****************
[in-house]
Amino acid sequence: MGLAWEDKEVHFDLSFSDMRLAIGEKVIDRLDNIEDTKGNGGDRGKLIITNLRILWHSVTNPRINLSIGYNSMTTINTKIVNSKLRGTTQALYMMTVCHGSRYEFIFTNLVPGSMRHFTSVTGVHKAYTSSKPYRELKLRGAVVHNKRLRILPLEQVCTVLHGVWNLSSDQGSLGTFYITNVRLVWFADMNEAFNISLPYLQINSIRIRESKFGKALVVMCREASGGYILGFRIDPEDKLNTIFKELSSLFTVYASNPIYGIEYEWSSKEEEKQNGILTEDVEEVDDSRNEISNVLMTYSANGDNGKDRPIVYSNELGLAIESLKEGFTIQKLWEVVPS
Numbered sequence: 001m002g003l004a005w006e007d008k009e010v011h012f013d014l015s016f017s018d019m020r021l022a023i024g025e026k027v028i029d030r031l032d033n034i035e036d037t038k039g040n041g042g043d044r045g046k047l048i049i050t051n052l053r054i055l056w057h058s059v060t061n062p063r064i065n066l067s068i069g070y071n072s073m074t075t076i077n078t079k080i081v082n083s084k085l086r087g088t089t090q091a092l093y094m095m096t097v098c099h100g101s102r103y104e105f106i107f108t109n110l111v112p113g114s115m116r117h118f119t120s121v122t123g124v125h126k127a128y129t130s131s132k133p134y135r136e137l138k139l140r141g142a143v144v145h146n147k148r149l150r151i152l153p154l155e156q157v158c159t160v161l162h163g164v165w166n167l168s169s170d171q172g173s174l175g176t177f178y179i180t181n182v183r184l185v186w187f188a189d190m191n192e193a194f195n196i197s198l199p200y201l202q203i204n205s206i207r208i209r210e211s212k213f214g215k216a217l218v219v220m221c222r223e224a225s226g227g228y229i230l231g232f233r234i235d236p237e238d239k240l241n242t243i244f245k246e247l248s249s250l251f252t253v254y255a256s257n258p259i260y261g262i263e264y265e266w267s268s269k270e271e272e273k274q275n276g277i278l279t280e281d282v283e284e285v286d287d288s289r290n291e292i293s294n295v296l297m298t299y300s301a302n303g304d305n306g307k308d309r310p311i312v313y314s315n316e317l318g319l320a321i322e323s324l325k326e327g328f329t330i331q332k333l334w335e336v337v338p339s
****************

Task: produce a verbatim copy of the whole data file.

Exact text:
[in-house]
Amino acid sequence: MGLAWEDKEVHFDLSFSDMRLAIGEKVIDRLDNIEDTKGNGGDRGKLIITNLRILWHSVTNPRINLSIGYNSMTTINTKIVNSKLRGTTQALYMMTVCHGSRYEFIFTNLVPGSMRHFTSVTGVHKAYTSSKPYRELKLRGAVVHNKRLRILPLEQVCTVLHGVWNLSSDQGSLGTFYITNVRLVWFADMNEAFNISLPYLQINSIRIRESKFGKALVVMCREASGGYILGFRIDPEDKLNTIFKELSSLFTVYASNPIYGIEYEWSSKEEEKQNGILTEDVEEVDDSRNEISNVLMTYSANGDNGKDRPIVYSNELGLAIESLKEGFTIQKLWEVVPS
Numbered sequence: 001m002g003l004a005w006e007d008k009e010v011h012f013d014l015s016f017s018d019m020r021l022a023i024g025e026k027v028i029d030r031l032d033n034i035e036d037t038k039g040n041g042g043d044r045g046k047l048i049i050t051n052l053r054i055l056w057h058s059v060t061n062p063r064i065n066l067s068i069g070y071n072s073m074t075t076i077n078t079k080i081v082n083s084k085l086r087g088t089t090q091a092l093y094m095m096t097v098c099h100g101s102r103y104e105f106i107f108t109n110l111v112p113g114s115m116r117h118f119t120s121v122t123g124v125h126k127a128y129t130s131s132k133p134y135r136e137l138k139l140r141g142a143v144v145h146n147k148r149l150r151i152l153p154l155e156q157v158c159t160v161l162h163g164v165w166n167l168s169s170d171q172g173s174l175g176t177f178y179i180t181n182v183r184l185v186w187f188a189d190m191n192e193a194f195n196i197s198l199p200y201l202q203i204n205s206i207r208i209r210e211s212k213f214g215k216a217l218v219v220m221c222r223e224a225s226g227g228y229i230l231g232f233r234i235d236p237e238d239k240l241n242t243i244f245k246e247l248s249s250l251f252t253v254y255a256s257n258p259i260y261g262i263e264y265e266w267s268s269k270e271e272e273k274q275n276g277i278l279t280e281d282v283e284e285v286d287d288s289r290n291e292i293s294n295v296l297m298t299y300s301a302n303g304d305n306g307k308d309r310p311i312v313y314s315n316e317l318g319l320a321i322e323s324l325k326e327g328f329t330i331q332k333l334w335e336v337v338p339s